Maegawa: Thanks to the fact that shooting games are supported by a large number of passionate fans, the genre will never disappear. But, because the difference between casual users and core users is extremely wide, it’s not going to come back to be as popular as it was 30 or 40 years ago. We could possibly increase the fanbase if we completely separated the Easy Mode by changing up the pattern construction and adjusting it to a difficulty where anyone can clear the game. This change could appeal to many newer users, while still showing them the real fun of shooting games. That said, we believe that this is a genre where it’s important for us to keep our core users in mind first.
GamesBeat: Treasure has a remarkable history of technological experimentation. The character warping of Stretch Panic and the unique, audio-based method of sharing player-made levels in Bangaio Spirits are just two examples. What new technology do you find exciting and want to develop for?
Maegawa: Audio sharing for Bangai-O Spirits is just like how personal computer data was saved back in the day, but we think it’s an extremely fun feature. In Dragon Quest XI, cross-play can be done between PS4 and 3DS with the spell of revival, so it’s something similar. Bangai-O Spirits’ method can make cross-play possible, where it completely surpasses the hardware barrier, so we would love to use this method again somehow.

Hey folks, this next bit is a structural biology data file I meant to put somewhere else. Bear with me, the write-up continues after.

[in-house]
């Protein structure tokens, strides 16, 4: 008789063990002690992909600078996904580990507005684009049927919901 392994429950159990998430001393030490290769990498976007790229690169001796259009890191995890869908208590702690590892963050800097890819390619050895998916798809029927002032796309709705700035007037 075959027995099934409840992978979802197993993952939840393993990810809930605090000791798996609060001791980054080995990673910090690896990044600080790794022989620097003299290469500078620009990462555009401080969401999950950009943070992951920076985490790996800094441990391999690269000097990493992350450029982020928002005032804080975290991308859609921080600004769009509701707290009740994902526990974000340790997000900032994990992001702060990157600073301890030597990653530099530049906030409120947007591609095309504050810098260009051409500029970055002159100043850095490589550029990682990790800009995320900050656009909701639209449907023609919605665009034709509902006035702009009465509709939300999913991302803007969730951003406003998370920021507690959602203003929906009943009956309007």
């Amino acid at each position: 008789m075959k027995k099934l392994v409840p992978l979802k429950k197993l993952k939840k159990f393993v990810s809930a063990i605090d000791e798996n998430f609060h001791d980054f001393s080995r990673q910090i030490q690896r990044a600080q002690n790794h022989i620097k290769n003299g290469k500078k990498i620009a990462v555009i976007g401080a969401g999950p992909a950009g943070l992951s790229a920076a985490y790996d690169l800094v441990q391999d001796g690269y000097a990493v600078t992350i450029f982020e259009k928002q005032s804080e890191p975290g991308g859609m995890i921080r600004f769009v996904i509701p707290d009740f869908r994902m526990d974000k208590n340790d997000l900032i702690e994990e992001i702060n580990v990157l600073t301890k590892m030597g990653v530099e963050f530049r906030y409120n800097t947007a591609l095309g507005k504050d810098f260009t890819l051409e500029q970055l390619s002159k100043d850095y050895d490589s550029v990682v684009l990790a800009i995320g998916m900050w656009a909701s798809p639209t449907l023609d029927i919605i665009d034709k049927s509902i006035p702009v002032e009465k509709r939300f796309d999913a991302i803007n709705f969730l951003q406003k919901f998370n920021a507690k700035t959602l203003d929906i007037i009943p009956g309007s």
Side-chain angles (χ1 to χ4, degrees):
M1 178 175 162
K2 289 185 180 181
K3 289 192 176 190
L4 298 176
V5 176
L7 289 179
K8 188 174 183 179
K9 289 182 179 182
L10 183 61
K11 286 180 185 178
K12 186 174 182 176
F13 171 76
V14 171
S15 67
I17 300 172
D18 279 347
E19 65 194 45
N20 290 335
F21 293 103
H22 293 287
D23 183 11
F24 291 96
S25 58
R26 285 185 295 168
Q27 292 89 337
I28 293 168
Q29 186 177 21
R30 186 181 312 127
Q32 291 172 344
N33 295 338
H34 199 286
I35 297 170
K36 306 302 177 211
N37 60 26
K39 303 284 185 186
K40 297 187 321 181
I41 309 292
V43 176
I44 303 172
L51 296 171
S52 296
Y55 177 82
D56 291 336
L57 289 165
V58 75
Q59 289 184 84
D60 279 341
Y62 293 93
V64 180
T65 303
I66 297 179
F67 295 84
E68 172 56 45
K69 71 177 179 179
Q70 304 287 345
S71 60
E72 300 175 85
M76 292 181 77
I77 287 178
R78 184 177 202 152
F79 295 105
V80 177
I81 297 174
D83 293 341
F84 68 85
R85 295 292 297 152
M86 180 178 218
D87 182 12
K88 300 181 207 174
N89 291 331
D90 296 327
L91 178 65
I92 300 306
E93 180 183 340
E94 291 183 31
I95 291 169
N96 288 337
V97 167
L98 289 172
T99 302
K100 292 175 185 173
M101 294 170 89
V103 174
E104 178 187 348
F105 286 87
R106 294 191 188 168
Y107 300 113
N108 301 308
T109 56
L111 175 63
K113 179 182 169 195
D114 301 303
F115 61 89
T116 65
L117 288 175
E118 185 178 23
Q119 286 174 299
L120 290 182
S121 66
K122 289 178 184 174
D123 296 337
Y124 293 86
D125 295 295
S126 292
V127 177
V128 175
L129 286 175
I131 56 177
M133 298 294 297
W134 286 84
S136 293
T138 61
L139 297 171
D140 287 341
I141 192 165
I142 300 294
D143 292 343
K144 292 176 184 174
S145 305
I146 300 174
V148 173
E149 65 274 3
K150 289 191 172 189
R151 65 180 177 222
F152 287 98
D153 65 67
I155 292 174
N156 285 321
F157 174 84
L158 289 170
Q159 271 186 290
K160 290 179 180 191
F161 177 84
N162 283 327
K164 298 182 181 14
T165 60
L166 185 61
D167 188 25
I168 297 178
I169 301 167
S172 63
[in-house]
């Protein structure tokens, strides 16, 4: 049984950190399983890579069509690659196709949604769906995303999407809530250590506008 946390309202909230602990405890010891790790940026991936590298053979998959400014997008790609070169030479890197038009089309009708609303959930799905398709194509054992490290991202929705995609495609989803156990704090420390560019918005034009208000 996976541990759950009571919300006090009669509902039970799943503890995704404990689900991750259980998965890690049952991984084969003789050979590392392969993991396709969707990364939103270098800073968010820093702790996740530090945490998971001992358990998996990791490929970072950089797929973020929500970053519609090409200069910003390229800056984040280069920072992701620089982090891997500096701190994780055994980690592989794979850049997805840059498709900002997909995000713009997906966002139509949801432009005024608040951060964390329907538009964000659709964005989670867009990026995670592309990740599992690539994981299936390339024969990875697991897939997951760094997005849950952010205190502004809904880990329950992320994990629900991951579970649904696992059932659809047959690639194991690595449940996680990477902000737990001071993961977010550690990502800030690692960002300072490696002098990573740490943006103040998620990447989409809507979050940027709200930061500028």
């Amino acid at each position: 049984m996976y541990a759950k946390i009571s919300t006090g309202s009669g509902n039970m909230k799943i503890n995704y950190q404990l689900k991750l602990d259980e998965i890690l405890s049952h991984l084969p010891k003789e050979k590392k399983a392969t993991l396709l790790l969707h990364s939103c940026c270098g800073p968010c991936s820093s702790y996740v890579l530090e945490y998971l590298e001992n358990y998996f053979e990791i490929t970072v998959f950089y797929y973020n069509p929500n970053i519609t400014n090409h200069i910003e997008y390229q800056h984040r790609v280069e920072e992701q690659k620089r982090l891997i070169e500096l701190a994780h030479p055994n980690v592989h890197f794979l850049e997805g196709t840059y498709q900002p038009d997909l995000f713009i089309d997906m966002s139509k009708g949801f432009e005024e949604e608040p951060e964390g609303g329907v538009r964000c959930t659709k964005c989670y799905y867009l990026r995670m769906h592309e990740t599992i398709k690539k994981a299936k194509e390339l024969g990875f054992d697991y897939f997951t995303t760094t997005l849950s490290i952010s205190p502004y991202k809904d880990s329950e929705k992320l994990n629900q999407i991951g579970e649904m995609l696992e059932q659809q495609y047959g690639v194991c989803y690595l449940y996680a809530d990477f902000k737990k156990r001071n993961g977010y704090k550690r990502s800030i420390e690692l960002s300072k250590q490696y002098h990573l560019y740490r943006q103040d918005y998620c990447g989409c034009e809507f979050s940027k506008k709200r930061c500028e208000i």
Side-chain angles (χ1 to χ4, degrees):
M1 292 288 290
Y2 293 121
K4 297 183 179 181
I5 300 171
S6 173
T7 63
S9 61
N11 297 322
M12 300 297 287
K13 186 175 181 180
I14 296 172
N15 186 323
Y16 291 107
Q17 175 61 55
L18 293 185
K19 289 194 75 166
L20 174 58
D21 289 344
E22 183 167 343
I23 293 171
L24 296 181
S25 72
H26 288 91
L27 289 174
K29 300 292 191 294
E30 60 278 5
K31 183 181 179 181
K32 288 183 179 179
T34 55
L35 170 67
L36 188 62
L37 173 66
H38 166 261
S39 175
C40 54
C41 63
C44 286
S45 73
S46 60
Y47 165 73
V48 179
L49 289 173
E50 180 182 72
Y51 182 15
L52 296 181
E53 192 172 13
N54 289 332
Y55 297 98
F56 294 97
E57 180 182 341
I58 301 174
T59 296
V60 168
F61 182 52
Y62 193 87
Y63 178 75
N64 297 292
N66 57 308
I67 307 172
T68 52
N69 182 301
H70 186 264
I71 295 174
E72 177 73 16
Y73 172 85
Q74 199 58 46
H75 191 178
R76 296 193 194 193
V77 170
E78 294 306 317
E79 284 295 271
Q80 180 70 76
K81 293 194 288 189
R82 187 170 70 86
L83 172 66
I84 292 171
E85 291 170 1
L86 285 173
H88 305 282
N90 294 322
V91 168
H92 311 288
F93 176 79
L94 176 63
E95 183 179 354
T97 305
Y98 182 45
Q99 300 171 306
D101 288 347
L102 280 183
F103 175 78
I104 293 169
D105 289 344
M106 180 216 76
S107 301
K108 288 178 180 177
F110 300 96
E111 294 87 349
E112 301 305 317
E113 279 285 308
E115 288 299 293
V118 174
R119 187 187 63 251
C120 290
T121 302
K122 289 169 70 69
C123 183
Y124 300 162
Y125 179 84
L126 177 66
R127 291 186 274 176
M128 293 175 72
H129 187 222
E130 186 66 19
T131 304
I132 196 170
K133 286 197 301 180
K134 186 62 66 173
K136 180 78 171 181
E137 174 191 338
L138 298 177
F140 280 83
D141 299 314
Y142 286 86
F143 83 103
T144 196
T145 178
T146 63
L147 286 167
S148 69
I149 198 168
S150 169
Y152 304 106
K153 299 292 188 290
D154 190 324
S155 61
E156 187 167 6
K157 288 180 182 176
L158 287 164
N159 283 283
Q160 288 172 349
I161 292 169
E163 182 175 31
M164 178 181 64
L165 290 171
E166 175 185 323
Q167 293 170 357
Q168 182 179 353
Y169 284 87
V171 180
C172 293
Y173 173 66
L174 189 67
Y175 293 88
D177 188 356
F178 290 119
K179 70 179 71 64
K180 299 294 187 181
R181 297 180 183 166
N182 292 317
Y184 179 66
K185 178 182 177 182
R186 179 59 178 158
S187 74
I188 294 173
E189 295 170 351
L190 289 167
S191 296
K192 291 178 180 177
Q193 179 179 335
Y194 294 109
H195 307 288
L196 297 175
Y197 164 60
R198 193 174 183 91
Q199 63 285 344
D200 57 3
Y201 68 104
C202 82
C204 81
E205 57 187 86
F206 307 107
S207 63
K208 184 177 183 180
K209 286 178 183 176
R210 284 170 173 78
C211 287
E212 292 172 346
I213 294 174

GamesBeat: Treasure has a stable of games that have never gotten a sequel that are ripe for iteration like Silhouette Mirage and Mischief Makers. What game in your catalog would you like to develop a new sequel for?
Maegawa: We’ve considered various sequels, but the wall is high. For instance, Gunstar Heroes is known for Seven Force, a boss that can transform into seven unique forms, but that wouldn’t have much impact if we were to create something similar to that in a modern sequel. At the time, it had a lot of impact because it featured a large-scale boss that was lively and moving around on game hardware with limited functionality. Now, the hardware is much more advanced, so that sort of thing wouldn’t make as big of an impression. We don’t have a strict policy of not creating sequels, but it’s a difficult decision to make.
GamesBeat: Treasure has also made games in series not owned by the company like Gradius V and Astro Boy: Omega Factor. What game or property would you love to create a new game in?
Maegawa: If the publisher who holds the rights offers the idea, we’d love to consider it, but we believe the possibility of getting it done would be difficult.
GamesBeat: Under what circumstances would Treasure allow an outside developer work on one of their series? If a new indie developer said they wanted to make a Radiant Silvergun sequel, how would you work with them?
Maegawa: Even if we outsourced, that too wouldn’t be so simple. Radiant Silvergun’s sequel is Ikaruga, and the next one couldn’t be made unless we made it with Mr. Iuchi. However, if there is another skilled planner, programmer, director and sound designer out there, it might be possible, so we’d like to keep it in mind as a possibility.
GamesBeat: It’s been four years since Treasure released a new game. What’s next for Treasure?
Maegawa: We can’t provide any details, but thankfully we are fortunate enough to receive offers from various companies even now. We don’t have plans to introduce new social games or VR games to our fans; we think we should leave those to companies who are good at those genres. We believe it’s best for us to continue making nostalgic game experiences, just like the way we’ve been making them up until now.